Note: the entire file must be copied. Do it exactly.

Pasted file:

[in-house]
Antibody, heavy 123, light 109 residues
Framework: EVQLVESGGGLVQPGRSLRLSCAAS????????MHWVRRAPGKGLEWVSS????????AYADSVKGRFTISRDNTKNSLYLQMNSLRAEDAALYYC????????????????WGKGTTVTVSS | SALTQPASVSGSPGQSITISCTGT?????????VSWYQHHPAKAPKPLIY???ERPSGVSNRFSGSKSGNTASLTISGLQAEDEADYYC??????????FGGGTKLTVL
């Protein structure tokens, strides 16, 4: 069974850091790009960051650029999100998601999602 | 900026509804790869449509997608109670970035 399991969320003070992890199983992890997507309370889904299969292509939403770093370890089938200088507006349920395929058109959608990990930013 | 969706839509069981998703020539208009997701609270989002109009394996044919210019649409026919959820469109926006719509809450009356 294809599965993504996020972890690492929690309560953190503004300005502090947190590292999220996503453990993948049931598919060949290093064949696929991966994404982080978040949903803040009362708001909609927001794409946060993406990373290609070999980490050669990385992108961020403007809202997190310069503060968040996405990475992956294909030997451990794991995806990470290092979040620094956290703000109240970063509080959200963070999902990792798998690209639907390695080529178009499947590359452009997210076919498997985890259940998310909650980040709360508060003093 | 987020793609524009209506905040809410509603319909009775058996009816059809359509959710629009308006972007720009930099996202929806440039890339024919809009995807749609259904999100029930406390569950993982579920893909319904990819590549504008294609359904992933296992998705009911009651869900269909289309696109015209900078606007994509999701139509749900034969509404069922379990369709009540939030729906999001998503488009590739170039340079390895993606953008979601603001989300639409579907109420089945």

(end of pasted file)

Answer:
[in-house]
Antibody, heavy 123, light 109 residues
Framework: EVQLVESGGGLVQPGRSLRLSCAAS????????MHWVRRAPGKGLEWVSS????????AYADSVKGRFTISRDNTKNSLYLQMNSLRAEDAALYYC????????????????WGKGTTVTVSS | SALTQPASVSGSPGQSITISCTGT?????????VSWYQHHPAKAPKPLIY???ERPSGVSNRFSGSKSGNTASLTISGLQAEDEADYYC??????????FGGGTKLTVL
């Protein structure tokens, strides 16, 4: 069974850091790009960051650029999100998601999602 | 900026509804790869449509997608109670970035 399991969320003070992890199983992890997507309370889904299969292509939403770093370890089938200088507006349920395929058109959608990990930013 | 969706839509069981998703020539208009997701609270989002109009394996044919210019649409026919959820469109926006719509809450009356 294809599965993504996020972890690492929690309560953190503004300005502090947190590292999220996503453990993948049931598919060949290093064949696929991966994404982080978040949903803040009362708001909609927001794409946060993406990373290609070999980490050669990385992108961020403007809202997190310069503060968040996405990475992956294909030997451990794991995806990470290092979040620094956290703000109240970063509080959200963070999902990792798998690209639907390695080529178009499947590359452009997210076919498997985890259940998310909650980040709360508060003093 | 987020793609524009209506905040809410509603319909009775058996009816059809359509959710629009308006972007720009930099996202929806440039890339024919809009995807749609259904999100029930406390569950993982579920893909319904990819590549504008294609359904992933296992998705009911009651869900269909289309696109015209900078606007994509999701139509749900034969509404069922379990369709009540939030729906999001998503488009590739170039340079390895993606953008979601603001989300639409579907109420089945």